Click here to skip to main content.
Discrete CollectionsThe Women's Library
TitleInglis, Miss Hazel
Ref No8SUF/B/073
Box Fetch NoBox 1: Disc 16
Date16 Mar 1976
Extent40:55 mins
Admin Biographical HistorySee biography for Hazel Inglis
DescriptionInterview took place at Woodcote Grove House, Woodcote Park, Coulsden, Surrey. Also see interview 8SUF/B/069 and interview with her sister Mrs Green 8SUF/B/074.

Interview summary:
0:00 mins:
Hazel Inglis's experiences as a music teacher. Her experiences at the Royal Academy of Music and her nervous breakdown. Her work as a jobbing gardener. Her experiences in prison; her relationship with the wardresses, cell conditions, activities for the prisoners, prison food and the occasion on which she and other suffragette prisoners refused to return to their cells after exercise. Her militant action for the Women's Social & Political Union (WSPU) - breaking the windows of the Post Office in Lower Regent Street with a hammer. Hazel Inglis and her sister were in prison together, and both gave false names when they were arrested. Role of Hazel Inglis's mother and her support for the WSPU.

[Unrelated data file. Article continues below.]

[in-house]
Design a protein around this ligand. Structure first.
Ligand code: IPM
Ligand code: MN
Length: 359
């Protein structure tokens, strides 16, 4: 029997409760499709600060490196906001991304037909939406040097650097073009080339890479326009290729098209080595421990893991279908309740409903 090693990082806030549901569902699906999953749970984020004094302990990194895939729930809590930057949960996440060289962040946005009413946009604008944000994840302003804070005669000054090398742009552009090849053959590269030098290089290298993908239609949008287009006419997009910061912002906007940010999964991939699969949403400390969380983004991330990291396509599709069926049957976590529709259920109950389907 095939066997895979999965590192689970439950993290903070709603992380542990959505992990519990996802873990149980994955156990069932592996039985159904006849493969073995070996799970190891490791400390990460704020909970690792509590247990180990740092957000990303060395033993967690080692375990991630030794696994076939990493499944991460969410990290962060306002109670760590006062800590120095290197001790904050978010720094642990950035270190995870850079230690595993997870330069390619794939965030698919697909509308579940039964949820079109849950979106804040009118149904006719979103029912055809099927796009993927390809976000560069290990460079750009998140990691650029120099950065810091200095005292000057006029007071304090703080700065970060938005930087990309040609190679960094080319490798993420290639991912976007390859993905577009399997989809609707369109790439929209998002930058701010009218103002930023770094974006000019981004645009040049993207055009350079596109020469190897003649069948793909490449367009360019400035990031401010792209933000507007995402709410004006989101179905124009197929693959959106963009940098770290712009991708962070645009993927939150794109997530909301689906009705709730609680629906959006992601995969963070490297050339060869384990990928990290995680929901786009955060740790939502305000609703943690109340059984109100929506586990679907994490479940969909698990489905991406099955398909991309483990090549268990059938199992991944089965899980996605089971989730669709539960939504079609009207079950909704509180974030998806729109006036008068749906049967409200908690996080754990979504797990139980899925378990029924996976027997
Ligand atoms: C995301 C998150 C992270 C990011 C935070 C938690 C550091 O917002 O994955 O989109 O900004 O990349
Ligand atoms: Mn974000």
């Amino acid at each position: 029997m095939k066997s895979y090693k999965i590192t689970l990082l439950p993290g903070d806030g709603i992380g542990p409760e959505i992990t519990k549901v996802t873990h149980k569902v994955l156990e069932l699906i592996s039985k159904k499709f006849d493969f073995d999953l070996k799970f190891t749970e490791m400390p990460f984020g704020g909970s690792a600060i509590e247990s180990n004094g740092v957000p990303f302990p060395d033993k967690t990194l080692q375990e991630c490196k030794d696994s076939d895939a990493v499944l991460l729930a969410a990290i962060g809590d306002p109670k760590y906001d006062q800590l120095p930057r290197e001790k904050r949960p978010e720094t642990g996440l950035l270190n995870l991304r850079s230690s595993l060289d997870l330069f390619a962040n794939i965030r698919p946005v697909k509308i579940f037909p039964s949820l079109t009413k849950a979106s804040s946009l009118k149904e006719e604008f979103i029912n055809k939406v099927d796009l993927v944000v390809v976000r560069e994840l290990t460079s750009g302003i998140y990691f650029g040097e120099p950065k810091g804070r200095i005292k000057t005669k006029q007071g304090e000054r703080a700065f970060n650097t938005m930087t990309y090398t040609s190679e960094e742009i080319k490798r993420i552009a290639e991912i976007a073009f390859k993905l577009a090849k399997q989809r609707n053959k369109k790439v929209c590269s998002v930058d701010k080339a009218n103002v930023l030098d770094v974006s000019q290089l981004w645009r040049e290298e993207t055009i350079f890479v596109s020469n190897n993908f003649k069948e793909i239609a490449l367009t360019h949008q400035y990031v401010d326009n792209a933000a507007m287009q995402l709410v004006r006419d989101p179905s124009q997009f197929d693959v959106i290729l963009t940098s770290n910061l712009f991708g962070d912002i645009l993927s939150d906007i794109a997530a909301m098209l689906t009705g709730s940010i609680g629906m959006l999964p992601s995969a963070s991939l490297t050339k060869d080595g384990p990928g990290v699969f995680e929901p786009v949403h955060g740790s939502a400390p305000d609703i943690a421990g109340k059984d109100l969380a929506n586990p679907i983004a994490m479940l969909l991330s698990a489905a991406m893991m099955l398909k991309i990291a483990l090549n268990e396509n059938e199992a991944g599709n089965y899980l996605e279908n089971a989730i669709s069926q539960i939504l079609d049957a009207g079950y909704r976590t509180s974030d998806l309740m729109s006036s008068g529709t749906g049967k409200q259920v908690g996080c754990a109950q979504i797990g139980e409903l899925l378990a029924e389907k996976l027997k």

15:00 mins:
Character of Hazel Inglis's mother. Hunger strike undertaken by Hazel Inglis's aunt Florence Graves. Hazel Inglis's work as a WSPU steward at meetings at the Albert Hall. Role of Flora Drummond in organising WSPU processions and demonstrations. WSPU procession for women in the professions, and the manufacture of the gardeners' banner by Hazel Inglis. Hazel Inglis's work in the WSPU shop in Croydon, which sold scarves and other 'fancy' goods with the Votes for Women motto. Hazel Inglis's work selling 'Votes for Women' on the streets in Croydon, and advertising WSPU meetings by chalking the details on the pavement. Hazel Inglis's views on militancy - she was prepared to damage Government property but not private property, so she was assigned to breaking the windows of a Post Office.

30:00 mins:
Hazel Inglis's visit to India on her release from prison, and the medical work performed by her aunt and uncle for the Salvation Army. Her lack of interest in politics and her view of the vote as they keystone of equal status with men. Her view that the militant actions by the WSPU had managed to achieve the vote when years of non-militant lobbying had failed.
Related Record8SUF/B/069
Access StatusOpen
Access ConditionsInterview recordings are available online and can be accessed at the link provided in this record.
Former Reference NumberTape 23
    Powered by CalmView© 2008-2024